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“Star Trek: The Original Series-Seasons 1-3” {Blu-ray}
Wayne Klein
Studio: Paramount Home Video
Release Date:
Special Features:

Featurettes, Fly-around of the Enterprise


By the third season "Star Trek" was adrift without it's leader; Gene Roddenberry although still credited as "Executive Producer" had given control of the series to new producer Fred Frieberger when NBC moved the series to the black hole of Friday night at 10pm. The fan base for the series was either in bed or doing other things. That doesn't detract from the fact that the first two seasons are exceptional and that a couple of exceptional episodes slipped through the cracks. ***

Much of that carries over to the second season as well with episodes like "The Doomsday Machine" a taunt episode involving a planet killer that the Enterprise must battle benefiting from the new visual effects the most of all the episodes here. This episode suffered from what was clearly a burned and damaged AMC model kit to stand in for the damaged Defiant that the Enterprise encounters after the planet killer has attacked the ship. ***

The "Enterprise Incident" and those few episodes during the third season that had the budget (few during the thrid season)for more involved visual effects (and better scripts)benefit the most. "The Tholian Web" another outstanding episode from the third season also benefits from the new and improved visual effects and digital clean up without, again, detracting from the episodes. Other episodes such as the Gene L. Coon penned (under the name Lee Cronin) "Spectre of the Gun" actually benefit to some extent due to the limited budget with imaginative, surral sets that add to the "dream" like quality of the episode. ***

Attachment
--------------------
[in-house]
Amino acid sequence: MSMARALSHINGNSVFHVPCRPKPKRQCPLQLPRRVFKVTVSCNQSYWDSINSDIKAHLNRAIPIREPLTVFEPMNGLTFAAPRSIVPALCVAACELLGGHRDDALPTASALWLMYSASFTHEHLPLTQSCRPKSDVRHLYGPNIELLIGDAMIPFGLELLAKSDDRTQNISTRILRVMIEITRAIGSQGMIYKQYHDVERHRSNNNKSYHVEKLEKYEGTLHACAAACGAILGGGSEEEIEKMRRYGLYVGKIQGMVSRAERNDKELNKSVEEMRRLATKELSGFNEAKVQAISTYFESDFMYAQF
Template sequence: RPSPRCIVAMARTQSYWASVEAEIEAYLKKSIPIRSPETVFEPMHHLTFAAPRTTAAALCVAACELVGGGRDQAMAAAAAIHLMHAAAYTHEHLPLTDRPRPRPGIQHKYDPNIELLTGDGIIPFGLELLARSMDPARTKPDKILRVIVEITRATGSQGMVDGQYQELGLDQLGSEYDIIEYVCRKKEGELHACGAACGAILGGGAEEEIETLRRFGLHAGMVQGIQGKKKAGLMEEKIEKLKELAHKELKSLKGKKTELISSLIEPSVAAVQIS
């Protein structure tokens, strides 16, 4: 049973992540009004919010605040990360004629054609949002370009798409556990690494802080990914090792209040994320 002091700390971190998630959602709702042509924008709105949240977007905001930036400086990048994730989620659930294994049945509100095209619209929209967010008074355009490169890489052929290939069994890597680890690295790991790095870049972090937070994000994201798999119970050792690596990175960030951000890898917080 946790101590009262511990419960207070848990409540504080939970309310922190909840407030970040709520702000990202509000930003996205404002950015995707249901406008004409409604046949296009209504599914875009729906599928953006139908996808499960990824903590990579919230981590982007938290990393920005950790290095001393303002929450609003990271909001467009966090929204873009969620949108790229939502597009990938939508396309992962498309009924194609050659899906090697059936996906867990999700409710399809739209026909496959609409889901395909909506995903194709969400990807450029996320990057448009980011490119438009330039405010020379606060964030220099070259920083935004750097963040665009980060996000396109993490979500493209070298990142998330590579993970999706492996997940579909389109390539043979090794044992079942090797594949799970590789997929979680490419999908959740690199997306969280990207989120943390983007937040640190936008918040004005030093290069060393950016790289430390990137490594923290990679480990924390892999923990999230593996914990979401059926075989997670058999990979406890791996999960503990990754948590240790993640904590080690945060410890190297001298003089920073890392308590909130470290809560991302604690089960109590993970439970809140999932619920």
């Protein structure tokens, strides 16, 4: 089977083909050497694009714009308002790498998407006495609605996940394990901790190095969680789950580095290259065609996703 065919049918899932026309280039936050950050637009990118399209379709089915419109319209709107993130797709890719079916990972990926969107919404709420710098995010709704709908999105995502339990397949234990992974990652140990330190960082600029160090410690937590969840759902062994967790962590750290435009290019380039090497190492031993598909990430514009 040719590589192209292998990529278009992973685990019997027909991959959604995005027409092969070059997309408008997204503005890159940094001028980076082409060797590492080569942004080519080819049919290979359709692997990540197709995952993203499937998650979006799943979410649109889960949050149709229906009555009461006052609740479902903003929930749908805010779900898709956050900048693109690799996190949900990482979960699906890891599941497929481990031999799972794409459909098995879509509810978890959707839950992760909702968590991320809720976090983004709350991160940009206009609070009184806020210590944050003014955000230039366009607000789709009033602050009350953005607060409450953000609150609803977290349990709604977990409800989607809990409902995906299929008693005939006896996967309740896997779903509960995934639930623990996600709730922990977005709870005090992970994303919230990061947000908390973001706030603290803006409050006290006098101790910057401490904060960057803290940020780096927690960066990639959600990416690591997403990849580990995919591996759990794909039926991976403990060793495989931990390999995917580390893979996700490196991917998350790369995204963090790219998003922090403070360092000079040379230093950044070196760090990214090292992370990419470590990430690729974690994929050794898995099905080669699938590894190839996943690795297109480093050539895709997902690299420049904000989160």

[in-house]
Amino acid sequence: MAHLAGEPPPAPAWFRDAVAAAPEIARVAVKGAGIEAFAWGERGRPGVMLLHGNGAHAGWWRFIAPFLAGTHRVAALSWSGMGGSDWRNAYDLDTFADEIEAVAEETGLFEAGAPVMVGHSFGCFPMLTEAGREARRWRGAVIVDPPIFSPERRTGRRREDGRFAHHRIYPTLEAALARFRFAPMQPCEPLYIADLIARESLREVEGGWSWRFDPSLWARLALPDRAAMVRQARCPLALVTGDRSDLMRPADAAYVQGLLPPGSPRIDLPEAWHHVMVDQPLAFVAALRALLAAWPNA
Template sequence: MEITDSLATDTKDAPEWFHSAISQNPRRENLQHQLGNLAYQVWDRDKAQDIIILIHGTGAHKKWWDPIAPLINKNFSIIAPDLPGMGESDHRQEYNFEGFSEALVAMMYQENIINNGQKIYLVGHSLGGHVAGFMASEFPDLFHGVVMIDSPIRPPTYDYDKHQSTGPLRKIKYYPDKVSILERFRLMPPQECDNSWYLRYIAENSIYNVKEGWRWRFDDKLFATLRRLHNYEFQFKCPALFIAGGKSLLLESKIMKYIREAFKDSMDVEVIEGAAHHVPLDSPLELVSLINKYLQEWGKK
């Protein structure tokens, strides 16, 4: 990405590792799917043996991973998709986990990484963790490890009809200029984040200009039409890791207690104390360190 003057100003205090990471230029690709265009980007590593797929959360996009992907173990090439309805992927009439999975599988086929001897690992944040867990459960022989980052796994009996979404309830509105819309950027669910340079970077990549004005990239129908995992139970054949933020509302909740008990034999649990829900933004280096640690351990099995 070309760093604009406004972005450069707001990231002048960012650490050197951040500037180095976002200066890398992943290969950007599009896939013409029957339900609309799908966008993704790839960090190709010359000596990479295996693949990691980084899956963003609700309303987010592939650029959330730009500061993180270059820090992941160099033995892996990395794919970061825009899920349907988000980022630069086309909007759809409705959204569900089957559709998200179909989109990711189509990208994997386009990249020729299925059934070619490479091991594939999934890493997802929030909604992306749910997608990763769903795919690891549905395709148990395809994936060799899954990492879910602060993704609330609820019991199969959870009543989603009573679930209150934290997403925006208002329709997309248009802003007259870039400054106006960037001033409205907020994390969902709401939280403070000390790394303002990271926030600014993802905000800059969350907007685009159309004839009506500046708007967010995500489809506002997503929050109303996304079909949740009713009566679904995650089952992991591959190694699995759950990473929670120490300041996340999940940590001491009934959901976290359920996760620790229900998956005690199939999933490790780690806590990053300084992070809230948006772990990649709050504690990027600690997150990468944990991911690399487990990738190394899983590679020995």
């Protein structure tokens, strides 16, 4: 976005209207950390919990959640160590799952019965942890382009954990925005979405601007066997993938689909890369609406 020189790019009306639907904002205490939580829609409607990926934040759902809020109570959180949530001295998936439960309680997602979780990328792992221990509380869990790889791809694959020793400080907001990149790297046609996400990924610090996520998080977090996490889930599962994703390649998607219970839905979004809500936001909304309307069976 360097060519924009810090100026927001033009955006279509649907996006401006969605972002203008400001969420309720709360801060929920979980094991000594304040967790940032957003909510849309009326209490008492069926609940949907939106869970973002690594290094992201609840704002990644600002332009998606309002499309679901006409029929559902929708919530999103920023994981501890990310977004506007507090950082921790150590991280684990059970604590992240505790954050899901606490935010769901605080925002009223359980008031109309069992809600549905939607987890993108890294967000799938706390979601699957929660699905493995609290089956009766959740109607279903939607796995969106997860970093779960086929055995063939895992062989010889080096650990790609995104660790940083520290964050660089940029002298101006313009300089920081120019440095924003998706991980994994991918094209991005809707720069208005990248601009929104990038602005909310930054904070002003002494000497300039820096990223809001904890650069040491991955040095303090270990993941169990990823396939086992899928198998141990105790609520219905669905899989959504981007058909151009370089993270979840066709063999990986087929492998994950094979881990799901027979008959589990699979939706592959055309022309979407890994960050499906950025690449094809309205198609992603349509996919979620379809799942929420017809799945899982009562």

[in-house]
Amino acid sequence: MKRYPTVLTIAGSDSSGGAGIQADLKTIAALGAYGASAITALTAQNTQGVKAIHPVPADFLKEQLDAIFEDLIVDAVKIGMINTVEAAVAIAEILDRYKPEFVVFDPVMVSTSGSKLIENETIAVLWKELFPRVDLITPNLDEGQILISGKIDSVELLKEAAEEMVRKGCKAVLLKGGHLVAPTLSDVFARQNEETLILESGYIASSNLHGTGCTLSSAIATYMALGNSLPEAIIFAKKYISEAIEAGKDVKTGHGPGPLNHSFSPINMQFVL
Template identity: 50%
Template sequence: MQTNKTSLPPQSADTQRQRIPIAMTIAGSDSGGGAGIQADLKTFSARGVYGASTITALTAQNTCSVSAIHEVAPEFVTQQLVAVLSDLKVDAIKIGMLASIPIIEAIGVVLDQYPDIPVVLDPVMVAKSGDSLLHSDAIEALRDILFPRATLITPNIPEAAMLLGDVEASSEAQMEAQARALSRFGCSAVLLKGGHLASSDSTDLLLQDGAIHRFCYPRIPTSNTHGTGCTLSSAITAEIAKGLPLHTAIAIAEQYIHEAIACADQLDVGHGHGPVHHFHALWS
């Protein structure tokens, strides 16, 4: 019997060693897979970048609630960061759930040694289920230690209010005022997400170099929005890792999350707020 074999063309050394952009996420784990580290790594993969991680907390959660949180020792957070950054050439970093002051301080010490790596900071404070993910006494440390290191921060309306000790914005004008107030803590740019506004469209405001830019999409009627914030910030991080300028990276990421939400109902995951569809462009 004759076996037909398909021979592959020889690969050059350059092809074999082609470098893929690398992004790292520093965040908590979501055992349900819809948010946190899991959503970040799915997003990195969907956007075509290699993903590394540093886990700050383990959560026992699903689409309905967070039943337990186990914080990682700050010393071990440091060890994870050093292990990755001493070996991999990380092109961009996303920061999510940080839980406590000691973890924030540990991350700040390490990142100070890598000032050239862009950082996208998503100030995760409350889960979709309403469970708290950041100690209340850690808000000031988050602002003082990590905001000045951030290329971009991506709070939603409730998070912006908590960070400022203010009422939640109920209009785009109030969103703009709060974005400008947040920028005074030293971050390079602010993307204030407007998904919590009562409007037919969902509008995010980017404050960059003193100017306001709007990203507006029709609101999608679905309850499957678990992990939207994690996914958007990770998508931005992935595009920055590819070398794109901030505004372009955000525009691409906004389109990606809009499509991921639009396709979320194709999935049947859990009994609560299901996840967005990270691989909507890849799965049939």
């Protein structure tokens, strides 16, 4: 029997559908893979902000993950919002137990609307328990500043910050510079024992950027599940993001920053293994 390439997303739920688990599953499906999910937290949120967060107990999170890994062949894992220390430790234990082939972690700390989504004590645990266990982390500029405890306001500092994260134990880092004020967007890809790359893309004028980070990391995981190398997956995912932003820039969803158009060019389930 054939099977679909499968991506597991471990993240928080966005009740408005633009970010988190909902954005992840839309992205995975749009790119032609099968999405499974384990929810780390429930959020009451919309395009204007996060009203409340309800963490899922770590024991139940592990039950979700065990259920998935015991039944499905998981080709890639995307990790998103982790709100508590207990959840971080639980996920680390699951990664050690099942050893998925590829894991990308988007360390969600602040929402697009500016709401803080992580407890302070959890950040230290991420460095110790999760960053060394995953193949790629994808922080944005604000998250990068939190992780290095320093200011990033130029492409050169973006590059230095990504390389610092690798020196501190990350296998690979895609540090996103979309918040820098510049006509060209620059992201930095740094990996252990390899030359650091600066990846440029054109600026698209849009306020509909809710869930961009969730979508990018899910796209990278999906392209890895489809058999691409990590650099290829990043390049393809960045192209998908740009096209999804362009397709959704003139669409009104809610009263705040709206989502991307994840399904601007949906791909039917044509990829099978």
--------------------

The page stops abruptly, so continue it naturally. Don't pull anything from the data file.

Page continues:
The packaging of the three seasons is simple which is refreshing after some of the imaginative but less than user friendly packaging of the previous DVD incarnations of these shows on DVD. ***

Although the quality of the writing, production, direction and even the acting (at times) fell during the third season without the guidence of Roddenberry, the final season found the crew of the Enterprise soldiering on and making the best with what they had. The first season is virtually flawless with top notch writing, direction and production even as the production crew found their way. ***

The second season is almost as good and some of the episodes from the second season top the best of the first season (or are at least as good)and while the strain of having to crank out the series on such a tight schedule was beginning to show, the team still managed to produce a strong second season that tackled episodes with a more diverse tone including episodes that were primarily humor driven ("I, Mudd", "The Trouble with Tribbles") that might not have been tackled during the first season. ***

The third and final season lost much of that risk-taking. While the third season was largely static looking with less involving camera movement, scripts and performances there was still enough imagination in the presentation (including in production design) that made it essential for fans of the series. I wouldn't lay the fall in quality directly on Fred Frieberger's and Arthur Singer's (the story editor for season three) doorstep but neither had the vision of Roddenberry, the budget of the first two seasons (the budget was cut for season three)nor the understanding of Roddenberry's universe to do the show justice. ---